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Crossover Ficlet, "Special Features"

Crossover Ficlet, "Special Features"

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damsel in distress
I wanted to write you a fic for your big day, but I could only manage something short. Hope you like it, and that you have a fantastic day and an even better year. MWAH.

Title: Special Features
Fandoms: BtVS/HP
Characters: Faith, mostly
Genre: Gen
Length: 632 Words


The guy was definitely shady. He was wearing some kind of ratty blanket wrapped around him, and he smelled like old tobacco. But shady could be useful, and the guy obviously had some interesting stuff to sell. Faith put one hand in her pocket and felt the wad of pound notes there.

“You sellin’ a motorcycle?” she asked.

The man peered up at her through bushy eyebrows, then seemed to make up his mind. “’t’s a unique item,” he said. “Lotsa special features.” His voice was low and mumbly, slurred as though he didn’t want to open his lips very far.

“Don’t worry, I can pay.” She was a teacher now, Professor of Slayage 101, and that meant a paycheck.

The guy shuffled over to a corner of the dark room, and grabbed onto an old, grimy army tarp with both hands. When he pulled it off, Faith had trouble breathing. It was all black and chrome, leather and metal and rubber, and even in the low light of the dirty room, it shone.

She tried to play it cool. “What do you want for it?”

He looked her over. Finally, he asked, “Pounds?”

“Yeah, pounds,” she said. “How many?” What the hell kind of weird question was that? Besides, she’d run out of American dollars months ago.

“Lotta special features on this one,” he said, patting the bike with one hand. His fingernails were nearly black around the edges, and Faith winced, already feeling a kinship with this hunk of metal.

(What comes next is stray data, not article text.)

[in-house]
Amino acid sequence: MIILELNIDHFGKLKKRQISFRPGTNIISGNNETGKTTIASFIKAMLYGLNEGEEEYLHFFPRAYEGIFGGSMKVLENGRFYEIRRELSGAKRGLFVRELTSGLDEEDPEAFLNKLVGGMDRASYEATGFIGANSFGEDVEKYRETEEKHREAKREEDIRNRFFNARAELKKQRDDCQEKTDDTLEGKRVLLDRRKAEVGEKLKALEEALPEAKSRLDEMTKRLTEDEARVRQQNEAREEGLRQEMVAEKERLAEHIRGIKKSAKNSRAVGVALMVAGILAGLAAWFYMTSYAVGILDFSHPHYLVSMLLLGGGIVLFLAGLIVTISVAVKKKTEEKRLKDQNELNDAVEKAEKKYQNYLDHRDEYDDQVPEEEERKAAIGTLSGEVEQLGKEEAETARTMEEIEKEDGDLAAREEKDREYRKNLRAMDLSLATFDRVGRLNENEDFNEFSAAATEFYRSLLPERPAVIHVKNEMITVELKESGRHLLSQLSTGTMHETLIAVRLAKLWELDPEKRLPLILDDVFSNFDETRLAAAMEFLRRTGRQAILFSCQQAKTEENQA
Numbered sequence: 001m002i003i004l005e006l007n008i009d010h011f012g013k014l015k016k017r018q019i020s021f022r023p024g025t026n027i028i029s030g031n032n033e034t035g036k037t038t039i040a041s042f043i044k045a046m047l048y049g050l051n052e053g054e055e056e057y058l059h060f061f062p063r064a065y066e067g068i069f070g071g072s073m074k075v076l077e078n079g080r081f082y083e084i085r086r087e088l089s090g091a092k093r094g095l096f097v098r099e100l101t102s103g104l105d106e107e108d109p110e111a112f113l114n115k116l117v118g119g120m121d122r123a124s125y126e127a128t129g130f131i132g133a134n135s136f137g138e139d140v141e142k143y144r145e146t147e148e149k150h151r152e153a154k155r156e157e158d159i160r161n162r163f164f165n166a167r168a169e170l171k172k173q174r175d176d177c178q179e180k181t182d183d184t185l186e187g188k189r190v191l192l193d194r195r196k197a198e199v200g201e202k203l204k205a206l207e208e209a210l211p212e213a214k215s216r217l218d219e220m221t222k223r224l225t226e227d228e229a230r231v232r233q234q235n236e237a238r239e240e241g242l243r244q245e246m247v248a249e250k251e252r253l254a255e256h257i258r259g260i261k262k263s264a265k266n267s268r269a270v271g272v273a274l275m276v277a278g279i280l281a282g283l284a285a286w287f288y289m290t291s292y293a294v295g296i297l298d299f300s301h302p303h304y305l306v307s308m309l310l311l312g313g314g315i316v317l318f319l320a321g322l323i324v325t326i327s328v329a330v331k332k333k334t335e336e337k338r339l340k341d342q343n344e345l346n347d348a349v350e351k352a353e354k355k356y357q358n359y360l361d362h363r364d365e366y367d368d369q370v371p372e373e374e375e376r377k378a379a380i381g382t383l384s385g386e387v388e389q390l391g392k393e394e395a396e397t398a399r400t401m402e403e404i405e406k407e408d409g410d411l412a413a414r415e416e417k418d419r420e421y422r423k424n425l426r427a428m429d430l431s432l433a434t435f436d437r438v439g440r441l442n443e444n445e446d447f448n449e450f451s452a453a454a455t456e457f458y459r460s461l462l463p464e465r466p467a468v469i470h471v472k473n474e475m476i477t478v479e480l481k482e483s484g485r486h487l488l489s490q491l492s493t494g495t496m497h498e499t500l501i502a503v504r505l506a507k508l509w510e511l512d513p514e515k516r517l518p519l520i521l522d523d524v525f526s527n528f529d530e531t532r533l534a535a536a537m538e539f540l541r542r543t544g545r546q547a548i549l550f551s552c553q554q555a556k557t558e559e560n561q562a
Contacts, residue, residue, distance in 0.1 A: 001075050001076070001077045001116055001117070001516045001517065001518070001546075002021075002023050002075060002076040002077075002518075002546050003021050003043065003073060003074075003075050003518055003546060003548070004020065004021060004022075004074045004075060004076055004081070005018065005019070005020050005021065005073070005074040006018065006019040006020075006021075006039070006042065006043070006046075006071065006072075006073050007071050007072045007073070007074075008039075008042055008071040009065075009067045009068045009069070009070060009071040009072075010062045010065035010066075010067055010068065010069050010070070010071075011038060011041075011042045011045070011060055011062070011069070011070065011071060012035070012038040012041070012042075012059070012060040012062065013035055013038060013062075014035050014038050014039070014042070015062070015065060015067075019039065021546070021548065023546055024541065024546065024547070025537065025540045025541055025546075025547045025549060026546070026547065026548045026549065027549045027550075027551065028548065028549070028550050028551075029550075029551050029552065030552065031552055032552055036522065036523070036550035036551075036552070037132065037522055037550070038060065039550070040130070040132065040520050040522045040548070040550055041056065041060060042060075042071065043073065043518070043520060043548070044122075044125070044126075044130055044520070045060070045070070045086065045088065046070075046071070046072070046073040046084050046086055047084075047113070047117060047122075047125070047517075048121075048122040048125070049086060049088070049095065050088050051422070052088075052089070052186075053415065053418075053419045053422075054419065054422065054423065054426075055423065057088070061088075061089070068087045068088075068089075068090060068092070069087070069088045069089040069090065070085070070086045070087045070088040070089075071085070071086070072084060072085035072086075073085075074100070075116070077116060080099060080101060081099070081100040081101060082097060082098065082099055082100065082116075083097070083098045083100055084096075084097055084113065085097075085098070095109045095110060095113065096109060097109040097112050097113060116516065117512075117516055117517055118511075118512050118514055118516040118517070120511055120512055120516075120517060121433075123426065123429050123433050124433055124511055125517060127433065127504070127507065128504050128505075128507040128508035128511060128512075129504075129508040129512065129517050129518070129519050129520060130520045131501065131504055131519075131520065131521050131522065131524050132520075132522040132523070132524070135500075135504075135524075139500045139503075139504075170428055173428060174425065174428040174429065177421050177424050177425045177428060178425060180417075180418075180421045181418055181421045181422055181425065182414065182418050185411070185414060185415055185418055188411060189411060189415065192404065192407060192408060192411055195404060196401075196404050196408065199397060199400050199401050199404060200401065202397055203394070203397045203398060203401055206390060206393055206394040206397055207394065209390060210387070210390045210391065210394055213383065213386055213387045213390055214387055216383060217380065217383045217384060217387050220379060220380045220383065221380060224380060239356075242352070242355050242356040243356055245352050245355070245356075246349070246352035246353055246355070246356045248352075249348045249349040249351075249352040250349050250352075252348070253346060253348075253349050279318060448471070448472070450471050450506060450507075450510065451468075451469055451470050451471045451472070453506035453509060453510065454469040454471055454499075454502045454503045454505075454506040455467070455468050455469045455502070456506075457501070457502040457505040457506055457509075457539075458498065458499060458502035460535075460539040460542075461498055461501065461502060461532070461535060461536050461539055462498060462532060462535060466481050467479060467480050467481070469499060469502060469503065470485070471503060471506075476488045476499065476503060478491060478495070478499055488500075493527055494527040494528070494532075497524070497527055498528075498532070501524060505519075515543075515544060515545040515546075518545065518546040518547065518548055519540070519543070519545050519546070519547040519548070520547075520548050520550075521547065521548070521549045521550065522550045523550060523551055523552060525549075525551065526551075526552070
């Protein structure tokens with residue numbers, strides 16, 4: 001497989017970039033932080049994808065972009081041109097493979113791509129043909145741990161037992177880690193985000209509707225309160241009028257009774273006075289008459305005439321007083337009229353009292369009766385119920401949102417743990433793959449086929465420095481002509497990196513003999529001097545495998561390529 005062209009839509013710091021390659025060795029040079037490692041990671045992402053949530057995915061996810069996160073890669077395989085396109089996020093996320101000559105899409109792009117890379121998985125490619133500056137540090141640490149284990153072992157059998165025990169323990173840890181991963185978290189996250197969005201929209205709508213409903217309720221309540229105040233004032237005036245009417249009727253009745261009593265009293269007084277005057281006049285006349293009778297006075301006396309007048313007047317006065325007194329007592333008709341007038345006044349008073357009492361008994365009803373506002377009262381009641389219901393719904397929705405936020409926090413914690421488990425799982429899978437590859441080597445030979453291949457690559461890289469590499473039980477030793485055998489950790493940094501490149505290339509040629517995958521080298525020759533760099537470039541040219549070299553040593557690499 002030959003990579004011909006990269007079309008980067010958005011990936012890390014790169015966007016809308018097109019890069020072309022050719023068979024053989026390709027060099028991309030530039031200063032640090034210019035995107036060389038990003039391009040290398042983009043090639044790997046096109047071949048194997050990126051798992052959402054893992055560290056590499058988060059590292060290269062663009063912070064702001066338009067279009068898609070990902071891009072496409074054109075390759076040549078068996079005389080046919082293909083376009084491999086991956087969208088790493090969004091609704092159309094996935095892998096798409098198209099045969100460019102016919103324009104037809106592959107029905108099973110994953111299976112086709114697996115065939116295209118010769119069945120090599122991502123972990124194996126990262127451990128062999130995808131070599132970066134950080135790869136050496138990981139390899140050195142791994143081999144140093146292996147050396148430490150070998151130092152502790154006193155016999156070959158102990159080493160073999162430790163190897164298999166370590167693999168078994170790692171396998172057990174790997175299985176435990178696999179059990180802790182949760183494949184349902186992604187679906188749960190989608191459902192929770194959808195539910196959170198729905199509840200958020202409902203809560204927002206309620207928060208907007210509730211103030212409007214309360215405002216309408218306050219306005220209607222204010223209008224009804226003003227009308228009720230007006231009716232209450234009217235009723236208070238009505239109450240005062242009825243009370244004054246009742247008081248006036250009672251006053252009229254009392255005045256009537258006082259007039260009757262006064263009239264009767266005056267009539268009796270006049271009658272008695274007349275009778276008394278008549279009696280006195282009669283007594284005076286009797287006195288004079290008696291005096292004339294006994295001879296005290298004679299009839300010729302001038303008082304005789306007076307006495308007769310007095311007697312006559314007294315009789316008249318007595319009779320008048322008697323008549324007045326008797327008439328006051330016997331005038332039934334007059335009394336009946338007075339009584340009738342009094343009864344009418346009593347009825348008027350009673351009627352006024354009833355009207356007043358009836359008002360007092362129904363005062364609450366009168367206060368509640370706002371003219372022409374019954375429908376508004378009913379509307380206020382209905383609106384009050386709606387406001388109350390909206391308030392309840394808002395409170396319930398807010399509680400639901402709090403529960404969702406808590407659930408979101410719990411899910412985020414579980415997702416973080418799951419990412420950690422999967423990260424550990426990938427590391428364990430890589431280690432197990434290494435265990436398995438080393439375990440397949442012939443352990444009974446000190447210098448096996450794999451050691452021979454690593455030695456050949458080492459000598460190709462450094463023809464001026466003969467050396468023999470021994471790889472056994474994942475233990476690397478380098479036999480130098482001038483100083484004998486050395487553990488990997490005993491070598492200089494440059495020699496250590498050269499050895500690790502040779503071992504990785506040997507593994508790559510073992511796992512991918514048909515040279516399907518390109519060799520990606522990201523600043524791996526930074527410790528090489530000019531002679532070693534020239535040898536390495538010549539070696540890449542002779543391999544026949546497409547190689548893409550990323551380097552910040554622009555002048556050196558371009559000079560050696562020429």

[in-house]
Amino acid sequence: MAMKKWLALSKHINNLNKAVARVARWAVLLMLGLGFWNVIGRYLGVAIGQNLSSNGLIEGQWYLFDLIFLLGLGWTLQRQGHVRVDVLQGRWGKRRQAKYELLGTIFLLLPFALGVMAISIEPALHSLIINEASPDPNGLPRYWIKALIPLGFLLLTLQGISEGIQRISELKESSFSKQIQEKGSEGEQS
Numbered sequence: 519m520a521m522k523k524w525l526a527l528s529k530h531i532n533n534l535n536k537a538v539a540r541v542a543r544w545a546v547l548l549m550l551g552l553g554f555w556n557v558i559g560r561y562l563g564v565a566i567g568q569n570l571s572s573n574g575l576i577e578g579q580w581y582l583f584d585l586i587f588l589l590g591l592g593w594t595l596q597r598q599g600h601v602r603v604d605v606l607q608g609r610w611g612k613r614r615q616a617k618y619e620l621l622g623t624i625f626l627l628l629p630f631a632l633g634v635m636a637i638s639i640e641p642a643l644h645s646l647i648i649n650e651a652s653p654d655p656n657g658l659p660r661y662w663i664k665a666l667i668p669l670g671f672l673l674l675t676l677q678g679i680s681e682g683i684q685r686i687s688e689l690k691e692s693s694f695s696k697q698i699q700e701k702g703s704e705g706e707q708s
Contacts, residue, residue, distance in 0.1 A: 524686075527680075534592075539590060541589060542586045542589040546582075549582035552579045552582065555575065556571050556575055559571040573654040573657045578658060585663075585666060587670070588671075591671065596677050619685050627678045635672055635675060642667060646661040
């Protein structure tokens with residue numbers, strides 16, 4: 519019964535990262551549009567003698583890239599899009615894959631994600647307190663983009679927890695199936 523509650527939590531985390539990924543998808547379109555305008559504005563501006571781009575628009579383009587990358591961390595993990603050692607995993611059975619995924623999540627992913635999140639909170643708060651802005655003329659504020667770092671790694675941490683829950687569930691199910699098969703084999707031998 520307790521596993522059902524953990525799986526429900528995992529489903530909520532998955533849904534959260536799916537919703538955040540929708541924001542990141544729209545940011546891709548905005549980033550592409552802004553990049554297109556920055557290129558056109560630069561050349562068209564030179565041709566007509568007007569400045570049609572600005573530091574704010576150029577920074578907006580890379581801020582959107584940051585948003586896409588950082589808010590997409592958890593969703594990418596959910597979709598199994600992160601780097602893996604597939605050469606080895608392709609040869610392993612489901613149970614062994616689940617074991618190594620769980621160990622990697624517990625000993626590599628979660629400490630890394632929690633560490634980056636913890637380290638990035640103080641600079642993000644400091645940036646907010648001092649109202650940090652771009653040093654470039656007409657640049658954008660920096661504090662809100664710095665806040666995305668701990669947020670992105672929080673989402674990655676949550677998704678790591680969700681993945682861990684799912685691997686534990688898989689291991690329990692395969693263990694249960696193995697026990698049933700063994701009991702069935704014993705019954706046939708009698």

“How much?” she repeated again.

He leaned over, counting under his breath, and finally said, “Four hundred.”

She was sure he was trying to drive a hard bargain, and so just because she didn’t want to get ripped off, she replied, “Three-fifty.” Truth was, she would’ve paid five with a smile.

“Deal.”

She counted out the bills carefully, pretending she didn’t see his eyes widen at the amount of money she carried all the time.

“Got some nice cursed jewelry,” he said.

Faith snorted. “Just the bike, thanks.” She handed over the bills and grabbed the handlebars. With one booted foot, she kicked up the stand. Parts of the bike creaked and whined as she wheeled it out of the warehouse, but she felt a tingle of power through her hands and something else that she couldn’t explain but that just felt right.

Slayers kept weird hours, and a bike wasn’t always the best thing for hunting vamps, so it was a few weeks before she figured out what the shady guy had meant by “special features.”

It was late -- so late that the sky was already getting light again. Faith had spent all night feeling restless and useless, sharpening her throwing knives while everyone else did things she was no good at: reading dusty old books, casting spells, picking up doughnuts. She was tired and cranky and she didn’t have the satisfaction of even one good kill to balance it out.

The freeways were deserted at this hour, and she revved the bike up, pushing it faster than she ever had before. She was passing through a square, plain suburb like every other suburb she’d ever seen when it happened. Smoothly, easily, as if it had been built for this, the bike lifted up off the road.

Faith gripped the handlebars until her fingers ached, but she didn’t back off the accelerator. Whatever what happening, she knew she didn’t want it to stop. Ever. It felt like she’d left all her stupid issues down there on the highway, and the longer she flew, the farther away they got. The bike floated higher and higher into the air, until she was soaring over the outskirts of London with the first rays of the morning sun shining on her face.
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